1. Support from like-minded individuals who love to write.

2. Gain other contacts for editors, publishers, websites, articles, etc. that come recommended.

3. Exchange critique for critique if you're brave enough.

4. Run by elements of your story for feedback/opinion.

5. Socialize!

Tuesday, July 22, 2014

Color in YA - Original article on Word for Teens Blog (7/14/13)

Color in YA - Great post on defunct blog WORD by Nicole about adding color to YA. Original article on Word for Teens Blog (7/14/13). This is not my work/writing and I am reposting only because I fully-heartedly agree with Nicole. As an African-American women who writes inclusive books featuring many nationalities, I hope soon that showing color in YA will be an accepted norm that finally reflects our world of color. Thank you, Nicole. (She also has a wonderful post about LGBTQ as well.)

On Saturday, George Zimmerman was declared not guilty of shooting and killing Trayvon Martin. Despite the fact that there was all evidence to the contrary, despite the fact that Zimmerman was expressly told not to go after Martin, and despite the fact that Martin had done absolutely nothing wrong, Zimmerman's shooting Martin because he was 'scared' meant that he got off scotch-free.

He even got his gun back.

I've been wanting to write a post on why it's important for YA to represent multiple ethnicities for a long time now.  On why, despite the fact that books with whitewashed covers still, it's important to show that there's as much racial diversity in the YA corner of the bookstore as there is in the world. On why writing stories and showcasing stories with people of color is important, not only to people of color, but to how the world around us operates.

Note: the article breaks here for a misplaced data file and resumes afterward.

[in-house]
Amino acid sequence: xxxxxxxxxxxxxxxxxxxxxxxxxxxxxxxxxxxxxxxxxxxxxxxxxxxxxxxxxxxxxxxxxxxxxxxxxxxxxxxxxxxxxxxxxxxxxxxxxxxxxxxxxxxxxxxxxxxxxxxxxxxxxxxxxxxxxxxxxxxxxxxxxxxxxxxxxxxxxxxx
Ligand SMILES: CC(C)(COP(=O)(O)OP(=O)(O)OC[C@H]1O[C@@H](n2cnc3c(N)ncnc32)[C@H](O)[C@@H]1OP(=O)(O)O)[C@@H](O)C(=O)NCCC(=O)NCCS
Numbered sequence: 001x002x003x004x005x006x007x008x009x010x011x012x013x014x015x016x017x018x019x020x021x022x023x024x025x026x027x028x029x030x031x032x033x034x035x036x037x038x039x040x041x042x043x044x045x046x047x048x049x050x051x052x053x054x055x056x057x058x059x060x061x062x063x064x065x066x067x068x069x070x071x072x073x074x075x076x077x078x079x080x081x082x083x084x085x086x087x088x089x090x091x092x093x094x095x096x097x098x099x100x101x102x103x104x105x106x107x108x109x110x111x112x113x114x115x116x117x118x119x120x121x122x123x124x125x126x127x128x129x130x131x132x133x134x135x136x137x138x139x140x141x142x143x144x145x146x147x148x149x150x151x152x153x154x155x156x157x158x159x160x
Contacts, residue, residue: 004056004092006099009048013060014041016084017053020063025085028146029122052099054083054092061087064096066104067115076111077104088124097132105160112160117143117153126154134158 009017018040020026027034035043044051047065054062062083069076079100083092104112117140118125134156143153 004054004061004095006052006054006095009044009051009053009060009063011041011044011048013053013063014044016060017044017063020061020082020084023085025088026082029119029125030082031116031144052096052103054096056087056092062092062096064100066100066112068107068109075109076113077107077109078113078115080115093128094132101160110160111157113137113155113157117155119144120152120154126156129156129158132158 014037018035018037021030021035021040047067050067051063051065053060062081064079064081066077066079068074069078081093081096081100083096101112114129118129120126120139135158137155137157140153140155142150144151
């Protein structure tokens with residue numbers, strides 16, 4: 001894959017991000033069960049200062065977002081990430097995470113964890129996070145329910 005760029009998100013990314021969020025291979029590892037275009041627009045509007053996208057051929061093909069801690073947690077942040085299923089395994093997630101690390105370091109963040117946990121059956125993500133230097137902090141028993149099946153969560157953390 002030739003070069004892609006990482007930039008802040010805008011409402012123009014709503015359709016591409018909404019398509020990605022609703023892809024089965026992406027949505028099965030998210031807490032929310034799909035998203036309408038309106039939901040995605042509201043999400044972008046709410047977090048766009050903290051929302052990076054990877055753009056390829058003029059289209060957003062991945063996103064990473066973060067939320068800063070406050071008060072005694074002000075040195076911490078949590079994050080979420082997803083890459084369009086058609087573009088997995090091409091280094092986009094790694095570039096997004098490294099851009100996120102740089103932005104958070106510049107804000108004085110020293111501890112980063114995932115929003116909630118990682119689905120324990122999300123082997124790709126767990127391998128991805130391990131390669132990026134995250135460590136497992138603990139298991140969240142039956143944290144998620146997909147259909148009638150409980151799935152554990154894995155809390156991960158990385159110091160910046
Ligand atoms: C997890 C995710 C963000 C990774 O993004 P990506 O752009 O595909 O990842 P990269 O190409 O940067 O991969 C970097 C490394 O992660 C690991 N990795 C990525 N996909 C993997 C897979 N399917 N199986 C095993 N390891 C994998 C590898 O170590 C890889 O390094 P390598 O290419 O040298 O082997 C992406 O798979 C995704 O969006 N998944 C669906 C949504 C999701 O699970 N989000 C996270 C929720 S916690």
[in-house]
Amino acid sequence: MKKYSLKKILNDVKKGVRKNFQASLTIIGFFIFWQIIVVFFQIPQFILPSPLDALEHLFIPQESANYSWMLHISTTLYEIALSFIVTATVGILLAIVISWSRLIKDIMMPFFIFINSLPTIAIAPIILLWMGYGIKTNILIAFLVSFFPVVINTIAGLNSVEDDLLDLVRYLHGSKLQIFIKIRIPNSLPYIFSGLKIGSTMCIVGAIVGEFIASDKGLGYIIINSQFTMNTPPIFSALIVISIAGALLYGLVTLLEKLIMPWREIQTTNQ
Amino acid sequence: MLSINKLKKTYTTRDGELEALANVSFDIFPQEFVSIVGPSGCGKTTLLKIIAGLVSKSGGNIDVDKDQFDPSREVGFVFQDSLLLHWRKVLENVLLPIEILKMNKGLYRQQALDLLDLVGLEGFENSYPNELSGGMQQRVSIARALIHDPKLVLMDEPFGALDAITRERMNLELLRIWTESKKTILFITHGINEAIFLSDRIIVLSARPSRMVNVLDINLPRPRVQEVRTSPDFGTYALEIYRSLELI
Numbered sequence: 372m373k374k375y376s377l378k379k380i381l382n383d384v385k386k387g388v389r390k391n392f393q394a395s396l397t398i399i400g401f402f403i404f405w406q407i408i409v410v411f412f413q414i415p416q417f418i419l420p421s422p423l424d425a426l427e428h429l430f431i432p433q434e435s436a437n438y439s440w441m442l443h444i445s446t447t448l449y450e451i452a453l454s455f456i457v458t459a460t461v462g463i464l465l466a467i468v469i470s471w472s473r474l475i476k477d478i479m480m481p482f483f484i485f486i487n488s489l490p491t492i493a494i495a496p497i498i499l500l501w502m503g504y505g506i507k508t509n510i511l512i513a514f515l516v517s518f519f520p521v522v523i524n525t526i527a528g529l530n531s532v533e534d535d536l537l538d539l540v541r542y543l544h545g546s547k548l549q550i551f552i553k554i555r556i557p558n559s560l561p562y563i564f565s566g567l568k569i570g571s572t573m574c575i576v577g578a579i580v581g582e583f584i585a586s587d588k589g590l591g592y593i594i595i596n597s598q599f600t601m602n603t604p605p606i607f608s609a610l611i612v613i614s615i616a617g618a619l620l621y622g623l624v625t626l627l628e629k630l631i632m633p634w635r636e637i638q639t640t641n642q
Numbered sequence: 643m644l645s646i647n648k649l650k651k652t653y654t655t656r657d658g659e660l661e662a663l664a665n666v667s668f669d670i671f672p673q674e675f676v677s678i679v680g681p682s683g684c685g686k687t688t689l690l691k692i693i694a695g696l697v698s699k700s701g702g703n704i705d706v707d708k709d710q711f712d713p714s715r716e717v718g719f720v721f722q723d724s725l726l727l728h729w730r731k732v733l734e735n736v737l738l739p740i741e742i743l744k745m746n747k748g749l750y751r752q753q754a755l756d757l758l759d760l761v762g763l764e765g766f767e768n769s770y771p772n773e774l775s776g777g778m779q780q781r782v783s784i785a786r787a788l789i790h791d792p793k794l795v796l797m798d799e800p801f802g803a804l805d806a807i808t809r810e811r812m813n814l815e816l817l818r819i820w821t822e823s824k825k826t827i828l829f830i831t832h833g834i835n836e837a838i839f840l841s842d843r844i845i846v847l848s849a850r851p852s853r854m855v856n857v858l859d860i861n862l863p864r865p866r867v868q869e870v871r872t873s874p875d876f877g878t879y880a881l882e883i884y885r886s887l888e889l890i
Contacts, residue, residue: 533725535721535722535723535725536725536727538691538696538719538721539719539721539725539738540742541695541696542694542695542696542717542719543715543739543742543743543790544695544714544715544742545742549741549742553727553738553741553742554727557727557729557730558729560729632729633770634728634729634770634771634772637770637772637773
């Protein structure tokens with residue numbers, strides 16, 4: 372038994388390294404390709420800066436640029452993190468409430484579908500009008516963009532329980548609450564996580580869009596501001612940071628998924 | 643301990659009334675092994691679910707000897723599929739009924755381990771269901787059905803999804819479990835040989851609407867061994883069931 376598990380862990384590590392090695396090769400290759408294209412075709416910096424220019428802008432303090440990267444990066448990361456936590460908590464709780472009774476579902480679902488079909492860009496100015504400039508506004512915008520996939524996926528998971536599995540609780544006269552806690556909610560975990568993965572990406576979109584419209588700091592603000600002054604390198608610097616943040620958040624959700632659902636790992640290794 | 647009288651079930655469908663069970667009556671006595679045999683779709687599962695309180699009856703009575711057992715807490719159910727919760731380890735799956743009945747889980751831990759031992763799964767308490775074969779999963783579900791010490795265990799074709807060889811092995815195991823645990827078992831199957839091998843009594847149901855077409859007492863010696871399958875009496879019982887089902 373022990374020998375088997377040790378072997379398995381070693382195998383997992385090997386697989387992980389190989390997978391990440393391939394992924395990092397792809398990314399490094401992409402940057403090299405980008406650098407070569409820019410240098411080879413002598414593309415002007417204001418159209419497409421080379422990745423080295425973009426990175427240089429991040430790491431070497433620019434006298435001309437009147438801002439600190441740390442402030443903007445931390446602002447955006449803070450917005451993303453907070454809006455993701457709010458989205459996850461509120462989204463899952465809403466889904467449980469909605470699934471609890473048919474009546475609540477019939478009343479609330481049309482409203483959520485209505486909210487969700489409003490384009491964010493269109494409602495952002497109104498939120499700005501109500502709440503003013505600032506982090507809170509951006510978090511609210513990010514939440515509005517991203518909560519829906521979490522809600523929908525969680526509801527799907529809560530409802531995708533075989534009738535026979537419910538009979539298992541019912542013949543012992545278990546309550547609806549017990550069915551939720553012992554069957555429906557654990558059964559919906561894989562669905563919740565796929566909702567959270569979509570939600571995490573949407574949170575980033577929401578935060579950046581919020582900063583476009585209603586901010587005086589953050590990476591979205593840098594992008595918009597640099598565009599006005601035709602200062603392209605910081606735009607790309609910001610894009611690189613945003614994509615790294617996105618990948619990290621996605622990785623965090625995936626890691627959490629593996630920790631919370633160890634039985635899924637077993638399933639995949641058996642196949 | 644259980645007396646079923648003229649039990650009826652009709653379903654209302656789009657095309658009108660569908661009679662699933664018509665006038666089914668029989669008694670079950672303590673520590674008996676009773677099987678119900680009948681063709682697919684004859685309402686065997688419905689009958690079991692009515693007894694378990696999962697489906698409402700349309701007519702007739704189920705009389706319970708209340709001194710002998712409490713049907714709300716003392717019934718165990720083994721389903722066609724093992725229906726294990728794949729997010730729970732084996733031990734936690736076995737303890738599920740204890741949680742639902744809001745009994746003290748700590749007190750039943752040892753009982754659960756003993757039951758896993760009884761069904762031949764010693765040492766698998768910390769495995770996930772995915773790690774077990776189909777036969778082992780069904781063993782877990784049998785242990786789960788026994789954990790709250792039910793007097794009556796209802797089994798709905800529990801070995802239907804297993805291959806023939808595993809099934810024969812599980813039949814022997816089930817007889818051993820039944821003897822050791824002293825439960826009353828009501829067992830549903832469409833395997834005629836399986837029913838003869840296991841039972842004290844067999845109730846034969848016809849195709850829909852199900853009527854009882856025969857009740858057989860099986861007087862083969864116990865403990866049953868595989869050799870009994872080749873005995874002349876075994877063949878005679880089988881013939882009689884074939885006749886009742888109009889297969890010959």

People of color have different experiences from white people. They still have to fight racist tendencies and racist norms. They are more likely to be frisked in NYC for no reason. They are more likely to be killed or arrested. They can fire a gun to warn off an attacker, not hitting anybody, and still be sent to jail for more time as a man who brutally murdered a teenage boy.

They're told that they'll do less well in school because of something as inconsequential as the amount of pigment in their skin - or they're told that they'll do better and are shunned when they don't because of something as inconsequential as the amount of pigment in their skin.

And they are called names, offensive names and hurtful names and names I would never dare say because damn it, you don't dehumanize people like that.

You wanna know why I want more representation on covers and in books in the YA section? Because the more something is represented, the more accepted it is. And the less shit like this happens.

I have no funny lines today. I have no anecdotes, no links to Goodreads about books with protagonists who are people of color, no quotes from Twitter. All I have today is anger and shelves full of books with white faces.

And all I want is change.


Nanowrimo!!! 50,000 words or roughly 175-200 pages is considered a novel. Each November writers take the challenge of writing 50,000 words. I did and am proud to say I finished, I'm a winner! Well known novels with a 50,000 word count are: The Hitchhiker's Guide to the Galaxy by Douglas Adams (46,333 words), The Notebook by Nicholas Sparks (52,000 words), The Great Gatsby by F. Scott Fitzgerald (50,061 words), Lost Horizon by James Hilton, Fight Club by Chuck Palahniuk, Of Mice and Men by John Steinbeck and The Invisible Man by H. G. Wells. Now if this isn’t enough motivation. I don't know what is. Yuraliso is my first nano creation and I made almost exactly the 50,000 word count on the last day of November 2013. I did this by reaching my word count goals daily but when I didn’t, I wrote to catch up. I finished editing the book with a professional in July 2014. I will enter nano for 2014 and this year I've managed to drag at least two more people into the contest too, so I'm super excited about that.
(50,000 word novels - Source: Wikipedia)/Nanowrimo)